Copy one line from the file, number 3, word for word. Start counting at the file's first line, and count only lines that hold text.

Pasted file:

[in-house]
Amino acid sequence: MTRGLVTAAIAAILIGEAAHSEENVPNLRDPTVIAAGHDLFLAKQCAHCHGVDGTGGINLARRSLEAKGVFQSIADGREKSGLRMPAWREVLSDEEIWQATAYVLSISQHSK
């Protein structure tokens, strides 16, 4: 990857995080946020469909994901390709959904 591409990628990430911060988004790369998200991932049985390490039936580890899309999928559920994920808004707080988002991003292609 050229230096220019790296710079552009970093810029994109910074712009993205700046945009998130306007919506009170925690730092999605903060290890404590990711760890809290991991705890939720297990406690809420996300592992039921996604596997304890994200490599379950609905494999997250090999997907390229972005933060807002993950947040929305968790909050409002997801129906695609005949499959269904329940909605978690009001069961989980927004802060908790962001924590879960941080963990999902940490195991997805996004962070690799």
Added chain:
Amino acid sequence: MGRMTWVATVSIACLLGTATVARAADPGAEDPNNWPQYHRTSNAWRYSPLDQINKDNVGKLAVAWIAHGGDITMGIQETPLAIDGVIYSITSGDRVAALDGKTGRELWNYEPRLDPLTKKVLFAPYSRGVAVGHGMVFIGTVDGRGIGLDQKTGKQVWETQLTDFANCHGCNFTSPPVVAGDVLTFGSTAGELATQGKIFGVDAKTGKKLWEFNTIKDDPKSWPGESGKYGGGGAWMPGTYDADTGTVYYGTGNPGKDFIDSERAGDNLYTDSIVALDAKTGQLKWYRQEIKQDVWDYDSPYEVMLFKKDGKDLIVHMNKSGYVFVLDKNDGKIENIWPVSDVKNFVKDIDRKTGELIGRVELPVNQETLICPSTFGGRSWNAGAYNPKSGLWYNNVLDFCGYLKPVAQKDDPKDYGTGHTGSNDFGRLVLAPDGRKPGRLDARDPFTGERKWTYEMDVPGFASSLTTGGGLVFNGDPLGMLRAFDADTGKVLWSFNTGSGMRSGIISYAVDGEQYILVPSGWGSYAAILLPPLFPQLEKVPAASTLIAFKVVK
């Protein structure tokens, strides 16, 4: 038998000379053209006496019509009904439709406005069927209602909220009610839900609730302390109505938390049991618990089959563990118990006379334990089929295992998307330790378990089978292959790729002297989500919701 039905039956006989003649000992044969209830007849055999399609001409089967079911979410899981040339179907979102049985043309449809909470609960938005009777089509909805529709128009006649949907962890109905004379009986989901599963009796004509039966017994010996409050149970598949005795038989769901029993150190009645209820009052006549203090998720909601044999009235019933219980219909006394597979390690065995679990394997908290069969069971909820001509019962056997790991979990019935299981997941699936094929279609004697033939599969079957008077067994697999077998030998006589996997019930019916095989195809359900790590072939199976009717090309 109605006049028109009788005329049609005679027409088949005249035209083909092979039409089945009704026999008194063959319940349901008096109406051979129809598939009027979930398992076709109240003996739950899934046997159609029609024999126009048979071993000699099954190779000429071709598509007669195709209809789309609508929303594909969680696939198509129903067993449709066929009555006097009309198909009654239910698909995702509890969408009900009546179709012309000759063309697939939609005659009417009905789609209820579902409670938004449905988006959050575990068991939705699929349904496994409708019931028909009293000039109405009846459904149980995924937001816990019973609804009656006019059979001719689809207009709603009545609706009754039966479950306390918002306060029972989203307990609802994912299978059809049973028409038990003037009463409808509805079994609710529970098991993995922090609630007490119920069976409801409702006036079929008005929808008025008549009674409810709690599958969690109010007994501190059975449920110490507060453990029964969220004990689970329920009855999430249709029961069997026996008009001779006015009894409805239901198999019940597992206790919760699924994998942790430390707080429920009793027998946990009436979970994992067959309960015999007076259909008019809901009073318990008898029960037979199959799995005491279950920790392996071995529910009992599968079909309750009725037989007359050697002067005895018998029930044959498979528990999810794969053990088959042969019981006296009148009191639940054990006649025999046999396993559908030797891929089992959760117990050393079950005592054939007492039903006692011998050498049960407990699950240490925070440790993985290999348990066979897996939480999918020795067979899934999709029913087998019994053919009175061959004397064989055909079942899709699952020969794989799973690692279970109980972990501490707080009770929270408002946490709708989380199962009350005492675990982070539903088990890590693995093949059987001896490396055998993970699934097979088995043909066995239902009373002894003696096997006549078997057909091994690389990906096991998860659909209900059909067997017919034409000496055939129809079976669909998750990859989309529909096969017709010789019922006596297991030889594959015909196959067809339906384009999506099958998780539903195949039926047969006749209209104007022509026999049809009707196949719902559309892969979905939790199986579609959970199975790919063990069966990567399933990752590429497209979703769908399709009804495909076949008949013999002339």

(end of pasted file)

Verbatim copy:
């Protein structure tokens, strides 16, 4: 990857995080946020469909994901390709959904 591409990628990430911060988004790369998200991932049985390490039936580890899309999928559920994920808004707080988002991003292609 050229230096220019790296710079552009970093810029994109910074712009993205700046945009998130306007919506009170925690730092999605903060290890404590990711760890809290991991705890939720297990406690809420996300592992039921996604596997304890994200490599379950609905494999997250090999997907390229972005933060807002993950947040929305968790909050409002997801129906695609005949499959269904329940909605978690009001069961989980927004802060908790962001924590879960941080963990999902940490195991997805996004962070690799």